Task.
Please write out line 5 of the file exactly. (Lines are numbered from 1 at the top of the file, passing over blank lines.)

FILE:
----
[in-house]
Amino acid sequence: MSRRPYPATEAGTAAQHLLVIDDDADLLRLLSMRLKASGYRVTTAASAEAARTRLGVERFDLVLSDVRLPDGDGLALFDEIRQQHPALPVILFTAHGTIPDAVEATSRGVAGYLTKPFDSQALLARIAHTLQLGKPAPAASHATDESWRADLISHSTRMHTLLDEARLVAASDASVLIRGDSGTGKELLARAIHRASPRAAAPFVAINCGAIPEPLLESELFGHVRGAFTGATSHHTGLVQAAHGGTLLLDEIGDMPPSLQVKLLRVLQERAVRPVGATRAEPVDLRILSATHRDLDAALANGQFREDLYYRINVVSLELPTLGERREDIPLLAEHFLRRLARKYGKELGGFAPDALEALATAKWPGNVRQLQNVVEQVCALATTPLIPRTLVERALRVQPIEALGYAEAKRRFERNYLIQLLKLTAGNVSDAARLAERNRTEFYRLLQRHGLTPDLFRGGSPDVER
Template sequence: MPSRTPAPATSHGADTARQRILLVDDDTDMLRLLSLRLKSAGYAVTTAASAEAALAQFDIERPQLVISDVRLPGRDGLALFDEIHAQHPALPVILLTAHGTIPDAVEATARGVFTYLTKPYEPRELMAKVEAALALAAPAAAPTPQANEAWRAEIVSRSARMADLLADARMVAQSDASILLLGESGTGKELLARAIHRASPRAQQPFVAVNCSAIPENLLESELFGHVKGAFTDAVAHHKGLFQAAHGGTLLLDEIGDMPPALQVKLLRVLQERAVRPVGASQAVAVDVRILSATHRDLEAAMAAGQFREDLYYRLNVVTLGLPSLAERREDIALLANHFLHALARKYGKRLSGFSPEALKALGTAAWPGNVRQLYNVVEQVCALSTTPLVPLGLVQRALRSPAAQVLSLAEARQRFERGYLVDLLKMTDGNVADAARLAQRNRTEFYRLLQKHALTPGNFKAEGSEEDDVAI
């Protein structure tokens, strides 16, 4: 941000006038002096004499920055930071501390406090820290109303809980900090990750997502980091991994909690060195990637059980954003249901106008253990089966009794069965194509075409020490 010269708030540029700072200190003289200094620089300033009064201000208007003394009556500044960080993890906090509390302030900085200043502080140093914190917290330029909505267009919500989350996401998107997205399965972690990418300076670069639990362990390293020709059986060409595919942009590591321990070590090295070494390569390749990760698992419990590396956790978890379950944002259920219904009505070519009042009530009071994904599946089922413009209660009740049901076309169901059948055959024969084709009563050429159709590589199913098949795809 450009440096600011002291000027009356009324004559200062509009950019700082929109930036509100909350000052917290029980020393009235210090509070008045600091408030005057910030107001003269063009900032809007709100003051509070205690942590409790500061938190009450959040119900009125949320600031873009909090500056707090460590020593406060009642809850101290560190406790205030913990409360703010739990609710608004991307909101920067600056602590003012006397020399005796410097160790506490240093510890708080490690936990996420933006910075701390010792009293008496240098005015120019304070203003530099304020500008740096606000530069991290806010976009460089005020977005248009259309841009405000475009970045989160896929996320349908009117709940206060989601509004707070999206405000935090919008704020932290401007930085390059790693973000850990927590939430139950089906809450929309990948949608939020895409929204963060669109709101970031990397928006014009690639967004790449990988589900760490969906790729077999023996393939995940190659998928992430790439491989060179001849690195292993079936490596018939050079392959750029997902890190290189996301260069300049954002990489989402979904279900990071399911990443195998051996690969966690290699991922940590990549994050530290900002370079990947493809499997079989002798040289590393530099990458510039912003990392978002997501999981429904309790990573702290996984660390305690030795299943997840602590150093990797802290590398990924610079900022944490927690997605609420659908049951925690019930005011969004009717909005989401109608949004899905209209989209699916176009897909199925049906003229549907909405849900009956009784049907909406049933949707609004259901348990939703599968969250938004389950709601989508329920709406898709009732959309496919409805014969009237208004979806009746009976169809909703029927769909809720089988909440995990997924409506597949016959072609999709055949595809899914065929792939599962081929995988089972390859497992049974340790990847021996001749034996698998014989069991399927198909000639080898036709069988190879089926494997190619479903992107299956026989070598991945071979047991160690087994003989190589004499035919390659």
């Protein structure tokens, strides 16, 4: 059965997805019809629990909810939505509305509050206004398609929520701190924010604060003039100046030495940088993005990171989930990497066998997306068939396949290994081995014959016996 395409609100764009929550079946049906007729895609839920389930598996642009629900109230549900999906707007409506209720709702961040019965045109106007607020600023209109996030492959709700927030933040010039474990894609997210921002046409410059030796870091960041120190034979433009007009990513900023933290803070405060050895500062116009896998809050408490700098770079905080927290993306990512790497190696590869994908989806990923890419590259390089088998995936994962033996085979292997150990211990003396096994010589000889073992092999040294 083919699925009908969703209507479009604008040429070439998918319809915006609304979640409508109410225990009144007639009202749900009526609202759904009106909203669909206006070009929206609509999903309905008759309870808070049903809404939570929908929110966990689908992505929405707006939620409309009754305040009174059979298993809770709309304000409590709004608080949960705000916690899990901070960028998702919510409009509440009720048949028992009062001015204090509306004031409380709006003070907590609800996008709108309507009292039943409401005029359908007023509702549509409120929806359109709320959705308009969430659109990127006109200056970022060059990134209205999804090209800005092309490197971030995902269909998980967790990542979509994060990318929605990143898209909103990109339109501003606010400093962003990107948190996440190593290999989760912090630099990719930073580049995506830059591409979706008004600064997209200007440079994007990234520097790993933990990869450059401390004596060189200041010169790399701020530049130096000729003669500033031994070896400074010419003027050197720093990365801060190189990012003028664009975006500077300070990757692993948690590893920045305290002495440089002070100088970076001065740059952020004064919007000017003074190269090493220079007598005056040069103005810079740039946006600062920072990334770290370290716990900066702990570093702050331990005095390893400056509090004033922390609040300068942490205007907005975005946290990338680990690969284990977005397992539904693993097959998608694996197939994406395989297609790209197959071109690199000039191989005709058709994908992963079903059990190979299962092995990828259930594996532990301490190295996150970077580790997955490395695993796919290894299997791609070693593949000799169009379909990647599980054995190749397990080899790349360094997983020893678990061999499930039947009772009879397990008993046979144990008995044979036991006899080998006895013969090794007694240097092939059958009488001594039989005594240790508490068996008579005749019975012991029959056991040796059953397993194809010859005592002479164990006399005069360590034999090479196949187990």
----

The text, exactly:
């Protein structure tokens, strides 16, 4: 059965997805019809629990909810939505509305509050206004398609929520701190924010604060003039100046030495940088993005990171989930990497066998997306068939396949290994081995014959016996 395409609100764009929550079946049906007729895609839920389930598996642009629900109230549900999906707007409506209720709702961040019965045109106007607020600023209109996030492959709700927030933040010039474990894609997210921002046409410059030796870091960041120190034979433009007009990513900023933290803070405060050895500062116009896998809050408490700098770079905080927290993306990512790497190696590869994908989806990923890419590259390089088998995936994962033996085979292997150990211990003396096994010589000889073992092999040294 083919699925009908969703209507479009604008040429070439998918319809915006609304979640409508109410225990009144007639009202749900009526609202759904009106909203669909206006070009929206609509999903309905008759309870808070049903809404939570929908929110966990689908992505929405707006939620409309009754305040009174059979298993809770709309304000409590709004608080949960705000916690899990901070960028998702919510409009509440009720048949028992009062001015204090509306004031409380709006003070907590609800996008709108309507009292039943409401005029359908007023509702549509409120929806359109709320959705308009969430659109990127006109200056970022060059990134209205999804090209800005092309490197971030995902269909998980967790990542979509994060990318929605990143898209909103990109339109501003606010400093962003990107948190996440190593290999989760912090630099990719930073580049995506830059591409979706008004600064997209200007440079994007990234520097790993933990990869450059401390004596060189200041010169790399701020530049130096000729003669500033031994070896400074010419003027050197720093990365801060190189990012003028664009975006500077300070990757692993948690590893920045305290002495440089002070100088970076001065740059952020004064919007000017003074190269090493220079007598005056040069103005810079740039946006600062920072990334770290370290716990900066702990570093702050331990005095390893400056509090004033922390609040300068942490205007907005975005946290990338680990690969284990977005397992539904693993097959998608694996197939994406395989297609790209197959071109690199000039191989005709058709994908992963079903059990190979299962092995990828259930594996532990301490190295996150970077580790997955490395695993796919290894299997791609070693593949000799169009379909990647599980054995190749397990080899790349360094997983020893678990061999499930039947009772009879397990008993046979144990008995044979036991006899080998006895013969090794007694240097092939059958009488001594039989005594240790508490068996008579005749019975012991029959056991040796059953397993194809010859005592002479164990006399005069360590034999090479196949187990």